Tax is produced by members of the retroviral family primate T-lymphotropic virus, which are classified as Deltaretroviruses. This includes Human T-lymphotrophic viruses (HTLVs), bovine leukaemia virus (BLV) and simian T-lymphotropic viruses (STLVs). The tax protein produced from HTLV-1 and HTLV-2 have been most extensively studied. The gene for Tax is found within the pX region between the env gene and one of the long terminal repeats of the viral genome; which is where the name Tax comes from (transactivator from the X-gene region). Tax acts as a transactivator, causing the transcription (production of mRNA from genetic code) of viral proteins in the long terminal repeat that are essential for replication.
Role in diseaseEdit
HTLV-1 causes an aggressive form of leukaemia: adult T cell leukaemia (ATL), and Tax has largely been implicated in the oncogenic potential of this virus. In addition to Tax's ability to promote the transcription of viral proteins in the nucleus, it also regulates many human genes. It does this by modulating the activity of several signaling pathways such as: CREB/ATF, NF-κB, AP-1 and SRF. Tax modulates cellular processes by protein-protein interaction (binding with proteins), transcriptional activation (promoting the production of proteins) and transcriptional repression (inhibiting the production of proteins). Cellular processes that Tax dysregulates to produce cancerous cells include the cell cycle and the maintenance of genomic integrity. The cell cycle has four stages (G1, S, G2 and M) and Tax is known to accelerate the transition between G1 and S phase. Two DNA repair pathways (base excision repair and nucleotide excision repair) are affected by Tax, leading to mutations in DNA; a classical hallmark of cancer. Tax also causes aneuploidy (abnormal chromosome numbers), which is a possible cause of transformation (normal cells becoming cancer cells). Many proteins are involved in these processes, including cyclins and cell cycle checkpoint proteins (p53 and Rb). Interesting, HTLV-1 Tax viral gene is known to dampen innate antiviral signaling pathways to avoid host detection and elimination, through SOCS1 and Aryl Hydrocarbon Receptor Interacting Protein (AIP).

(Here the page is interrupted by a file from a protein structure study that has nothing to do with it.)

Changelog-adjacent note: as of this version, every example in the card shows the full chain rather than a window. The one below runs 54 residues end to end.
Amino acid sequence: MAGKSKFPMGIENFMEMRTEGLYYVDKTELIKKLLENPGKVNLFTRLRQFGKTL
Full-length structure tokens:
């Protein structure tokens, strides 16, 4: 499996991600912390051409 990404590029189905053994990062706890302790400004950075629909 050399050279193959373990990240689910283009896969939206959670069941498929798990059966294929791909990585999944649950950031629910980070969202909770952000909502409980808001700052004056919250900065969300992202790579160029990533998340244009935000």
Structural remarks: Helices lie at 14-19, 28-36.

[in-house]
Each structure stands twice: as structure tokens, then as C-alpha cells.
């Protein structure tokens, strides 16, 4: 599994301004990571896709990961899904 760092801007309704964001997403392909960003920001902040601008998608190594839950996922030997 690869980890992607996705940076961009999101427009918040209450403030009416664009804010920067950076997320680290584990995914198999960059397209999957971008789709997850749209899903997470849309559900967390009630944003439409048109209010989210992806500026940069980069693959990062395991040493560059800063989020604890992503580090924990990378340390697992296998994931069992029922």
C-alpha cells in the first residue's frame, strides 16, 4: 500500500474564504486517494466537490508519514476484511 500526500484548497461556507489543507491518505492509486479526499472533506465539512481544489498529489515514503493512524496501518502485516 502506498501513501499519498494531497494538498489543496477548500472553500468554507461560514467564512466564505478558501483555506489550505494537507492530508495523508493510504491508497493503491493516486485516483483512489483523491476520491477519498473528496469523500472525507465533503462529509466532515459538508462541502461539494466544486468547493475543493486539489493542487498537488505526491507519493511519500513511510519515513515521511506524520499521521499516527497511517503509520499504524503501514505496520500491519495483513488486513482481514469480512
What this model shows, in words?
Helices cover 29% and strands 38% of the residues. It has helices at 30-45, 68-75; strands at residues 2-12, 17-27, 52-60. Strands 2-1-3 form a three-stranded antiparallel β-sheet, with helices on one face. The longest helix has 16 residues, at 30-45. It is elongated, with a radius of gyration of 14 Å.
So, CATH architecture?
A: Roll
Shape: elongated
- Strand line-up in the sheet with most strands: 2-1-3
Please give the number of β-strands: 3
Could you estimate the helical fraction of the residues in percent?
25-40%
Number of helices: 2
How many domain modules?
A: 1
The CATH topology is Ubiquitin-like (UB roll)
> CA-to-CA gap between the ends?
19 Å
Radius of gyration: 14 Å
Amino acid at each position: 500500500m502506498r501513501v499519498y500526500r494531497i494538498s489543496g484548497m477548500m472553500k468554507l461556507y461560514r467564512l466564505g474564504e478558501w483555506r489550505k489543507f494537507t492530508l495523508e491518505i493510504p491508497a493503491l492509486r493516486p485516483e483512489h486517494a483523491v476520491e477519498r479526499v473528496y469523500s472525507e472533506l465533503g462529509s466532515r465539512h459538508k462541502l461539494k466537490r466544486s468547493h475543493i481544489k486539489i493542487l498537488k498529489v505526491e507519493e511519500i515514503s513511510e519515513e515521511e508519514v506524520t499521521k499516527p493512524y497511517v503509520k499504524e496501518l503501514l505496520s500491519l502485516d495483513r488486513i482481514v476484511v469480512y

Although Tax from HTLV-1 and HTLV-2 can cause cells to become cancerous experimentally, Tax produced by HTLV-2 is less oncogenic than that from HTLV-1 and therefore is thought to be the reason that HTLV-2 is not associated with ATL.
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